In the legislatures of two different countries there are two very different gender balances. In one of them there are only men. In the other it's half and half men and women. Which legislature would you expect to be more attuned to the interests of women? Dumb question. In a certain university the governing body is composed exclusively of senior professors. Some junior lecturers feel aggrieved that their needs and concerns are not getting enough attention. They press for - among other measures - securing junior-lecturer representation on the university governing body. A preposterous demand? Dumb question.
On the grounds that, for example, a doctor can cure me of an illness he or she hasn't had, and 'posh MPs can serve working class interests', Chris stumbles towards the idea that being representative, in a social sense, of those one represents politically is unimportant. This is not a defensible claim.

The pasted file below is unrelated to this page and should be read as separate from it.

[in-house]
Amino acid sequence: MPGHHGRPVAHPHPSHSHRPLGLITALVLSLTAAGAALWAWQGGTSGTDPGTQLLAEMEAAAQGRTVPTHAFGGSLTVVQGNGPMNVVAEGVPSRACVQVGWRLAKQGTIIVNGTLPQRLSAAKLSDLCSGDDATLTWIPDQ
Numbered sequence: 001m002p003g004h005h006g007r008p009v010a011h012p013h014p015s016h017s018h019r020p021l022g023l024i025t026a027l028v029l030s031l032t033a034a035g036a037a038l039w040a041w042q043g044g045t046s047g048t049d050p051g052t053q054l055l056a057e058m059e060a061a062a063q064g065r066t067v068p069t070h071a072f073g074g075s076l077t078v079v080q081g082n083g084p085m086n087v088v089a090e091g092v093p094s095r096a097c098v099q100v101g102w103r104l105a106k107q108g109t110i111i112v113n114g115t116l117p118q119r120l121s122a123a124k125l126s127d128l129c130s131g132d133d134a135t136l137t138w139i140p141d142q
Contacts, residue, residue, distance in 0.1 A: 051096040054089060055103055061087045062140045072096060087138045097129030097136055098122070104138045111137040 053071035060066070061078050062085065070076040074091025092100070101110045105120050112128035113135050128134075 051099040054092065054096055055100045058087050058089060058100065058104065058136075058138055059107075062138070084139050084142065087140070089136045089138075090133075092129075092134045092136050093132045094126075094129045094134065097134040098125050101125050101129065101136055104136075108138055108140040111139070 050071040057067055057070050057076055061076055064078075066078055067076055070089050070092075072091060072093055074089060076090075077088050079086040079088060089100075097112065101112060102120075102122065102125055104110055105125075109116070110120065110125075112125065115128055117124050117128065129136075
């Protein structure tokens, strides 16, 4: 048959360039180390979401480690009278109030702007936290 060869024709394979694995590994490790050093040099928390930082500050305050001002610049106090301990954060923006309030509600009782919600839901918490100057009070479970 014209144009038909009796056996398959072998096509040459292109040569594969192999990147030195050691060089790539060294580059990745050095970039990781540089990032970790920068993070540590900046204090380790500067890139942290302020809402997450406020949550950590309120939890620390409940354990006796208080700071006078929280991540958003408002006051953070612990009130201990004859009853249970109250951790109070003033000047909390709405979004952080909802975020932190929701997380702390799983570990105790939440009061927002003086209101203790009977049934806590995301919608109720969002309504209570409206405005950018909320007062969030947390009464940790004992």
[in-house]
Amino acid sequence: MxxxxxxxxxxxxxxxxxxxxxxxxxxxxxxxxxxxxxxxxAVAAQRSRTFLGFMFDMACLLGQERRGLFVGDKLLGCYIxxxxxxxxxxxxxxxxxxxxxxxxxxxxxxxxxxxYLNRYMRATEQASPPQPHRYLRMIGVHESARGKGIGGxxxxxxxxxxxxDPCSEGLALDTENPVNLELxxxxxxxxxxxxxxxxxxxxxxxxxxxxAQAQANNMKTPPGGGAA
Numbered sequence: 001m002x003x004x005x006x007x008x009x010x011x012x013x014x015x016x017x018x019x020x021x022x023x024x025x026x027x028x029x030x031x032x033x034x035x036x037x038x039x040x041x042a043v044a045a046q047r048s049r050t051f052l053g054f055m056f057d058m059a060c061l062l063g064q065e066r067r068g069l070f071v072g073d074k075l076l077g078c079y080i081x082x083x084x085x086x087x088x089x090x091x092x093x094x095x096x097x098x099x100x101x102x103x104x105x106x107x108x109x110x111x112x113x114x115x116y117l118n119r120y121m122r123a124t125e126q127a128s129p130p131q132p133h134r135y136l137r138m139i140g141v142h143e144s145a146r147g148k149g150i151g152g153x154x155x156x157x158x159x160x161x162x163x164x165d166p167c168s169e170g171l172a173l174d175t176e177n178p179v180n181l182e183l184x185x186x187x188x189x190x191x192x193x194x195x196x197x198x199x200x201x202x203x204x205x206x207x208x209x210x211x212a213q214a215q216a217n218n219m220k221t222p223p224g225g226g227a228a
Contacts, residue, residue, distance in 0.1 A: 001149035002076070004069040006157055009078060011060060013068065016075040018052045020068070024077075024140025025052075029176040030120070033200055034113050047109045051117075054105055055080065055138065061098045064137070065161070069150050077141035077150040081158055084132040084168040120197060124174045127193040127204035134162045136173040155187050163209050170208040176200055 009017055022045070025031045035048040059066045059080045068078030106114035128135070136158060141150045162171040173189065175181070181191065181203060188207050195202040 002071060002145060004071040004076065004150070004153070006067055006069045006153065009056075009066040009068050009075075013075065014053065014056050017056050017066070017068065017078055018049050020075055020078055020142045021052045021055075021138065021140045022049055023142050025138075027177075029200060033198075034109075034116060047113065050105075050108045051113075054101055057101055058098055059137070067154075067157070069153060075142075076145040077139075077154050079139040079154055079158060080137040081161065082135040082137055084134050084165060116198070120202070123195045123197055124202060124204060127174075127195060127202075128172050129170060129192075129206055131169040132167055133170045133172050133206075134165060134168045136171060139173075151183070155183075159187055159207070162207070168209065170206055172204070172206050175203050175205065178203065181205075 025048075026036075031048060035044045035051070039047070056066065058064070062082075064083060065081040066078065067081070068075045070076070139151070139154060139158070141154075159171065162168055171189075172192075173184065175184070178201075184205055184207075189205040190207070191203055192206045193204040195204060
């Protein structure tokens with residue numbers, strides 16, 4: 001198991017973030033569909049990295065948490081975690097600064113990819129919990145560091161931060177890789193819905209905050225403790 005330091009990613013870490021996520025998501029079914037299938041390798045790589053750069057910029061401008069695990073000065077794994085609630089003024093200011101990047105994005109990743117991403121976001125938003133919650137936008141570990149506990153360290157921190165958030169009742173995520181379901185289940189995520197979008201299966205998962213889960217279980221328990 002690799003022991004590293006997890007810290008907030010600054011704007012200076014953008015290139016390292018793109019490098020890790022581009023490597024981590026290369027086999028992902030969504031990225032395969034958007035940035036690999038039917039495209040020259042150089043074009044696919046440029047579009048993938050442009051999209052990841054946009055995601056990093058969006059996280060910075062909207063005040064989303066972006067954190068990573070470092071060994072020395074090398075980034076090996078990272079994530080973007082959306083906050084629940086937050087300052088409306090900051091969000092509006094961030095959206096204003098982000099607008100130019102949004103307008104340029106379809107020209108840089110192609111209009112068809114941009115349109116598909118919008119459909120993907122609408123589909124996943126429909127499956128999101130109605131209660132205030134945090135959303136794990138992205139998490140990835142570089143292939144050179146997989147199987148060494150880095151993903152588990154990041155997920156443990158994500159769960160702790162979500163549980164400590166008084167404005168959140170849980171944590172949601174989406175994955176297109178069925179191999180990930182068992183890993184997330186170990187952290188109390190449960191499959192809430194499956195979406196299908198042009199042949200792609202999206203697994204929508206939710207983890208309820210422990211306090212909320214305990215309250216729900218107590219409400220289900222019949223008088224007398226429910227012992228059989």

True, 'representing' someone can mean different things. Representing people as their MP, you should, among other things, pay attention to both their preferences and their interests while trying to make the best judgements you can regarding policy. Or I can represent you somewhere where you are unable to speak for yourself, and try to speak on your behalf, knowing what you would want me to say. Or a person can represent other persons by being of the same social, gender, professional (or what have you) background as they are: a worker speaking for other workers, a woman for other women, a teacher... etc.
Because it can happen that a woman makes good decisions for the men she represents, and a rich man likewise for people much worse off than himself; and because it can also happen that a person from the very same group or stratum as those she represents can make very bad decisions for them, even 'selling them out'; these are not reasons for denying the old truth that one of the things individuals are moved by is their interests. Representatives do not escape this generalization, at least statistically. You may want to vote for a particular aristocrat, and I may want to vote for a particular aristocrat; but I wouldn't want be governed exclusively by aristocrats.